Mr. Picou’s assertions that employers are hiring more part-time employees have nothing to do with Obamacare. The surge in part-time jobs was a result of the Bush recession and the predictable employer reluctance to hire full time when the Republican House has been doing everything in their power to delay the recovery. It appears the Tea Party crowd in the House is willing to do great harm to jobs just to keep the president and the Democratic Party from getting credit for the ongoing recovery.
Mr. Picou’s assertion that businesses are dropping family coverage is a half-truth. A few employers are dropping coverage payment for working spouses of employees that are eligible for group coverage from their own employers. These employers reason that they should not pay for spouse coverage when those spouses have access to employer subsidized group coverage through their jobs. This sounds very reasonable to me.
Mr. Picou’s reference to OECD countries spending compared to America prior to the start of the AHA has absolutely nothing to do with the Act. Spending in all single payer plans has been less than our disorganized employer based plans. This difference in cost is why we spend about 50 percent more than any other industrial nation for healthcare. If Mr. Picou wishes for us to have comparable spending for healthcare, we need to go to a single payer plan similar to Medicare.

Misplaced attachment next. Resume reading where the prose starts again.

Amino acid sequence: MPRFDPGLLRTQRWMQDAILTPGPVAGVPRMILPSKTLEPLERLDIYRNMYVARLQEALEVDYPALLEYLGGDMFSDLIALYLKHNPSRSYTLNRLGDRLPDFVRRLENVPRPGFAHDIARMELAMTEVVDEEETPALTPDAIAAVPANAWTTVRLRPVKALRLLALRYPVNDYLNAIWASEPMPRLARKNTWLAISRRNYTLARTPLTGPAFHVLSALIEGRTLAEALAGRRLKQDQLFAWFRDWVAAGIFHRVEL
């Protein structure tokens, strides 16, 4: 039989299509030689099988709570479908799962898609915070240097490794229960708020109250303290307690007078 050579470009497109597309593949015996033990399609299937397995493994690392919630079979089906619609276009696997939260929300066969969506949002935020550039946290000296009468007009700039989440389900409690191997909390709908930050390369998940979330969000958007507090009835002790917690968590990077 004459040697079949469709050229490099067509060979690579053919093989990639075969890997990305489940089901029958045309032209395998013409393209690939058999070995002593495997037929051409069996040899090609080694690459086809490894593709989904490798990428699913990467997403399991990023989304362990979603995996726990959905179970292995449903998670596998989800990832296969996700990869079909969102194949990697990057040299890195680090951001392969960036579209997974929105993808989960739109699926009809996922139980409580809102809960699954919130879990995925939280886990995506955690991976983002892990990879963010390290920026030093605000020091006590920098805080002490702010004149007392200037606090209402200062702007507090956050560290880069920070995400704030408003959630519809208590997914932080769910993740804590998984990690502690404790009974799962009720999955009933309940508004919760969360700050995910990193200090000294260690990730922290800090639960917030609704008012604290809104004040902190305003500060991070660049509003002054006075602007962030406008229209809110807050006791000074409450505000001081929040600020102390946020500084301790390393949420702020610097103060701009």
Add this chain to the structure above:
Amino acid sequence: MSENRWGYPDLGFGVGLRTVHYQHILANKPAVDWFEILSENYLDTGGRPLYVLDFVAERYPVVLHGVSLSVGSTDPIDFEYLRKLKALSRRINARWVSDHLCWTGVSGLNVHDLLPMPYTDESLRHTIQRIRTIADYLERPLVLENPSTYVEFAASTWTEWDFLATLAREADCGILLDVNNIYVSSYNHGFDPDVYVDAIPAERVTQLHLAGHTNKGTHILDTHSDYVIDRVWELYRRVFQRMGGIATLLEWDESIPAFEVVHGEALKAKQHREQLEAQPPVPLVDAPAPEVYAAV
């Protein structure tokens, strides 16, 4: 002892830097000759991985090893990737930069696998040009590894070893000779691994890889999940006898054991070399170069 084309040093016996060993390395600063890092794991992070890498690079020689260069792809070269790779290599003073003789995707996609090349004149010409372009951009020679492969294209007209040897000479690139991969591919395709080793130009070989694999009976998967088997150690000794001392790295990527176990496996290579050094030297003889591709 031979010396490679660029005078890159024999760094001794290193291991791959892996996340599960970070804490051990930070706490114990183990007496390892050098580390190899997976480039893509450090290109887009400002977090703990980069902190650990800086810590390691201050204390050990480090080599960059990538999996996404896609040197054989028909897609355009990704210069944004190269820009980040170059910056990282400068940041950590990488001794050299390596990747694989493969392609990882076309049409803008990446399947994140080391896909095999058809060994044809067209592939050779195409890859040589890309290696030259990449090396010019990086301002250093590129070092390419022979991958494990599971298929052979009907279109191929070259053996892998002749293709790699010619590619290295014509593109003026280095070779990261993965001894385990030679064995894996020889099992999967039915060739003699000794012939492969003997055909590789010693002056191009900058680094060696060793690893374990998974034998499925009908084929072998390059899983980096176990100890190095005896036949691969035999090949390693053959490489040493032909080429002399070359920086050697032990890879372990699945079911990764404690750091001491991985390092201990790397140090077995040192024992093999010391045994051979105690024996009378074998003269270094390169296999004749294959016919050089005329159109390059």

Mr. Picou’s statement that I complained that navigators be trained and licensed by Texas to assist residents understand the new law, is a complete misstatement of what I actually wrote. These federal trained navigators do not require any state training and licensing. No more than FBI, secret service, immigration or a dozen of other federal employees need be trained and licensed by Texas. Considering Texas’s horrendous record of healthcare management, I cannot believe anyone wants the state involved in the new law.
Mr. Picou’s statement that 25 million to 30 million Americans will still be uninsured after the implementation of AHA is true. But of course he doesn’t touch on why these people will be uninsured. The largest reason is the failure of states, like Texas, to expand Medicaid to cover citizens who do not make enough to qualify for the lowest cost insurance. In Texas alone we have about 2 million citizens who will be denied Medicaid coverage, even though federal dollars would pay more than 90 percent of the costs. This financially insane and immoral act will cost Texas about $80 billion to $90 billion dollars over the next 10 years.
Additionally, some very foolish citizens will elect to pay the penalty and stay uninsured. You will be able to find these people in the future. They will be the ones overwhelming our emergency rooms and county hospitals.
Lastly, Mr. Picou’s complaint that health insurance will become compulsory under Obamacare is correct. But so is Social Security, Medicare, auto liability insurance, drivers licenses, teacher certification, police officer certification, realtors, financial advisors, insurance agents, and many, many other licenses and insurances; including home owners insurance if there is a mortgage.
Of all state or federal requirements, health insurance is one requirement that has great benefit to the person, family and society. I still cannot believe people like Mr. Picou are now against parts of the new law that were demanded by conservative Republican back in 2008-09.
Dennis Tilly, Weatherford